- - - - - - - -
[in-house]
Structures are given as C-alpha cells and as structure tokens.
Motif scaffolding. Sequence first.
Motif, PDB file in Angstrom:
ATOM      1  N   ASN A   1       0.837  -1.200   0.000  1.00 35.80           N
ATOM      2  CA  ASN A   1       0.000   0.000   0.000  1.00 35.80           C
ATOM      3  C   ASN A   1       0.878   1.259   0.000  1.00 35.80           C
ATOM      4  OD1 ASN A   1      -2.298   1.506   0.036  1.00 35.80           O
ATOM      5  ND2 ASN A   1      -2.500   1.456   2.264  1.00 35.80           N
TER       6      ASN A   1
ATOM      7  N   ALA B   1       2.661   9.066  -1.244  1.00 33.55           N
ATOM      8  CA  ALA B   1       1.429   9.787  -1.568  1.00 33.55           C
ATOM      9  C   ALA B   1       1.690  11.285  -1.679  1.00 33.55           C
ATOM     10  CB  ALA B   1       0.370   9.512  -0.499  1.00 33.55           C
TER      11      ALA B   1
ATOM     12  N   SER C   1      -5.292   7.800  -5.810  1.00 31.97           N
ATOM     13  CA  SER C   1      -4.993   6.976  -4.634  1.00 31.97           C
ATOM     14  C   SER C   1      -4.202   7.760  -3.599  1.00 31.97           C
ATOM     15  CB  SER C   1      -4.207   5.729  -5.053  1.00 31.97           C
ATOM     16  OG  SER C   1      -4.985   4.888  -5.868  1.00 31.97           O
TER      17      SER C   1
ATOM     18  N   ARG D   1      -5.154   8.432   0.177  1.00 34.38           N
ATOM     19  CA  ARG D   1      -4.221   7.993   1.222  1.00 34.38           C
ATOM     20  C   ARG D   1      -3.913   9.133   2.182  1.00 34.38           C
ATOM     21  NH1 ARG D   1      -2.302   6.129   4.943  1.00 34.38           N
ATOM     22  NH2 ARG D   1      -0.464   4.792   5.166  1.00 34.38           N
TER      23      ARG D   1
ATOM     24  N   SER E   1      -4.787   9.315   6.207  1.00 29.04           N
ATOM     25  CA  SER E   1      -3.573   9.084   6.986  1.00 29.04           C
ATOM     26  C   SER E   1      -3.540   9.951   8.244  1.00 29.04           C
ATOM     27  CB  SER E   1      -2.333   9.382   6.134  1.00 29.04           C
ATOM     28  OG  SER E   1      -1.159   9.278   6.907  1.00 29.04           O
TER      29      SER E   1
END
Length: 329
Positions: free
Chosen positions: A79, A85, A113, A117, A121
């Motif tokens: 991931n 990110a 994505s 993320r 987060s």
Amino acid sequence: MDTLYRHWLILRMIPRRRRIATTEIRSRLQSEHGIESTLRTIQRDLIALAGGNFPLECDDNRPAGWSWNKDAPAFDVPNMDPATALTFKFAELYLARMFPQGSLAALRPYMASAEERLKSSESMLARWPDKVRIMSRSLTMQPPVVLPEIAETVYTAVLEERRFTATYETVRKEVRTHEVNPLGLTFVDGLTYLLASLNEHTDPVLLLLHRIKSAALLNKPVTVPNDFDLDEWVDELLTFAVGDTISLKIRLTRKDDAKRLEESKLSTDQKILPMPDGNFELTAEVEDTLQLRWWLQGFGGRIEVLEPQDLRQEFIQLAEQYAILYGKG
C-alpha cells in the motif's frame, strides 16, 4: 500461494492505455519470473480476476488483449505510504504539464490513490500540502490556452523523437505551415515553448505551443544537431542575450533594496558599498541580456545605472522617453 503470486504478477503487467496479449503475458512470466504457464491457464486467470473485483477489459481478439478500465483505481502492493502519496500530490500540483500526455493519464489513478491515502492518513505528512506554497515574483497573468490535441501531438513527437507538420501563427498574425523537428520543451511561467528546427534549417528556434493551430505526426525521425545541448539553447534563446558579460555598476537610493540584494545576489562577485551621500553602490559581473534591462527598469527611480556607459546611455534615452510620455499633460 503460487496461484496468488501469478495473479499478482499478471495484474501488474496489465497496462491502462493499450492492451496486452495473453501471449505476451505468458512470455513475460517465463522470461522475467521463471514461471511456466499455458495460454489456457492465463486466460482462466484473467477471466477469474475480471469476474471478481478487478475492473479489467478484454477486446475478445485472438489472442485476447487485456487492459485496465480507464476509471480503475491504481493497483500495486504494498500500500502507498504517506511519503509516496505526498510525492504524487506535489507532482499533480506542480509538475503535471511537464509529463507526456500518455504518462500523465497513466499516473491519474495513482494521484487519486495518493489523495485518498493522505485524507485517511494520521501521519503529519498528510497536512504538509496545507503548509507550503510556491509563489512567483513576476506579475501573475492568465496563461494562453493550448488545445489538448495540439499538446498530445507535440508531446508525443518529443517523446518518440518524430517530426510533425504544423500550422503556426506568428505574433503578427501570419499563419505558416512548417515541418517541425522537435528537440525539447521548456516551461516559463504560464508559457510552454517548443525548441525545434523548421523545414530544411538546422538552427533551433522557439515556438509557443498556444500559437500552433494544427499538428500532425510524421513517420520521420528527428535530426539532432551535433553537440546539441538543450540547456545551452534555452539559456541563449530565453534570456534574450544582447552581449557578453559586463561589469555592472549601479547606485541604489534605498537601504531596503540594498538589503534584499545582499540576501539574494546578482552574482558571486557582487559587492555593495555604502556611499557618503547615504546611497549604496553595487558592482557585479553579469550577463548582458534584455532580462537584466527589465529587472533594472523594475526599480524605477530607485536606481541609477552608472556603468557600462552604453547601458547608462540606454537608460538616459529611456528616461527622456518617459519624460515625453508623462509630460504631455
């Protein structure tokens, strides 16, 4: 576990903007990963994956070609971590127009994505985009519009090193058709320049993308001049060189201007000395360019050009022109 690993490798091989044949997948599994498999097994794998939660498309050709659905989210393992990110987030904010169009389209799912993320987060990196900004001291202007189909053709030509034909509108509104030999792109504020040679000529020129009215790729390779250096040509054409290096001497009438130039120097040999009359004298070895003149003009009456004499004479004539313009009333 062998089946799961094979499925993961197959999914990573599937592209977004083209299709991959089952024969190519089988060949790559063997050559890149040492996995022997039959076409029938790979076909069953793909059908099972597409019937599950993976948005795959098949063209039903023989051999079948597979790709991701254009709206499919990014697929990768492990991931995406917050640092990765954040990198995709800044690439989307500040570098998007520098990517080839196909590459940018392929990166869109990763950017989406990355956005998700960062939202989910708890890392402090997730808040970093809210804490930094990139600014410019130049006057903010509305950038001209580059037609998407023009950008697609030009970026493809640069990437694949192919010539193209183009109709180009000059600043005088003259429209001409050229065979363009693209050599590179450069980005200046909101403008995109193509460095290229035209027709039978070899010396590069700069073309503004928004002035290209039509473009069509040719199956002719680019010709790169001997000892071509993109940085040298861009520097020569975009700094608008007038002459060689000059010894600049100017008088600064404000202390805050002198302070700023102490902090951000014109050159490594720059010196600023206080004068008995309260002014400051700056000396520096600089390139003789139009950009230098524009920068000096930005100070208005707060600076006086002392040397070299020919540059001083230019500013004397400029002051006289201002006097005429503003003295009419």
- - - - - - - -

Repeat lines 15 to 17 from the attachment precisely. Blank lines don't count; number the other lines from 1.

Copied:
TER      11      ALA B   1
ATOM     12  N   SER C   1      -5.292   7.800  -5.810  1.00 31.97           N
ATOM     13  CA  SER C   1      -4.993   6.976  -4.634  1.00 31.97           C